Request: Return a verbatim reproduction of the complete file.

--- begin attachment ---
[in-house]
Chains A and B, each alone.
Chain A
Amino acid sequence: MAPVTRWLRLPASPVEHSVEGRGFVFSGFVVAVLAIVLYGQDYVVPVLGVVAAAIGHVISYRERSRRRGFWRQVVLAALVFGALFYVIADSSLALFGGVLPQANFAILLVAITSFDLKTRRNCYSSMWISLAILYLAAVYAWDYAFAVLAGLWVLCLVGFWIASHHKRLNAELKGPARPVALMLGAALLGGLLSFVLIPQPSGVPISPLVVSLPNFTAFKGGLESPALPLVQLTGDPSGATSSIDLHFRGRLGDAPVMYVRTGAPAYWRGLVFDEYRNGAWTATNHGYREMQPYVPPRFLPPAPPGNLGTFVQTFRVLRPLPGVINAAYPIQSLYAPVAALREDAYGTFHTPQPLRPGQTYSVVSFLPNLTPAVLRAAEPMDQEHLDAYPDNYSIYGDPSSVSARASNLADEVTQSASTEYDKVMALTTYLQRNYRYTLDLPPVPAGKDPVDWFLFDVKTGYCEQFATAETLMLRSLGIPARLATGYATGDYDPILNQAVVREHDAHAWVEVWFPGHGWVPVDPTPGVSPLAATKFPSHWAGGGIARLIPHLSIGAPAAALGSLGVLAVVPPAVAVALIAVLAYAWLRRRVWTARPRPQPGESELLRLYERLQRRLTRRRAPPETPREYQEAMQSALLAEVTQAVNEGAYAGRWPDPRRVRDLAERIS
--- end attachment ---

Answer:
[in-house]
Chains A and B, each alone.
Chain A
Amino acid sequence: MAPVTRWLRLPASPVEHSVEGRGFVFSGFVVAVLAIVLYGQDYVVPVLGVVAAAIGHVISYRERSRRRGFWRQVVLAALVFGALFYVIADSSLALFGGVLPQANFAILLVAITSFDLKTRRNCYSSMWISLAILYLAAVYAWDYAFAVLAGLWVLCLVGFWIASHHKRLNAELKGPARPVALMLGAALLGGLLSFVLIPQPSGVPISPLVVSLPNFTAFKGGLESPALPLVQLTGDPSGATSSIDLHFRGRLGDAPVMYVRTGAPAYWRGLVFDEYRNGAWTATNHGYREMQPYVPPRFLPPAPPGNLGTFVQTFRVLRPLPGVINAAYPIQSLYAPVAALREDAYGTFHTPQPLRPGQTYSVVSFLPNLTPAVLRAAEPMDQEHLDAYPDNYSIYGDPSSVSARASNLADEVTQSASTEYDKVMALTTYLQRNYRYTLDLPPVPAGKDPVDWFLFDVKTGYCEQFATAETLMLRSLGIPARLATGYATGDYDPILNQAVVREHDAHAWVEVWFPGHGWVPVDPTPGVSPLAATKFPSHWAGGGIARLIPHLSIGAPAAALGSLGVLAVVPPAVAVALIAVLAYAWLRRRVWTARPRPQPGESELLRLYERLQRRLTRRRAPPETPREYQEAMQSALLAEVTQAVNEGAYAGRWPDPRRVRDLAERIS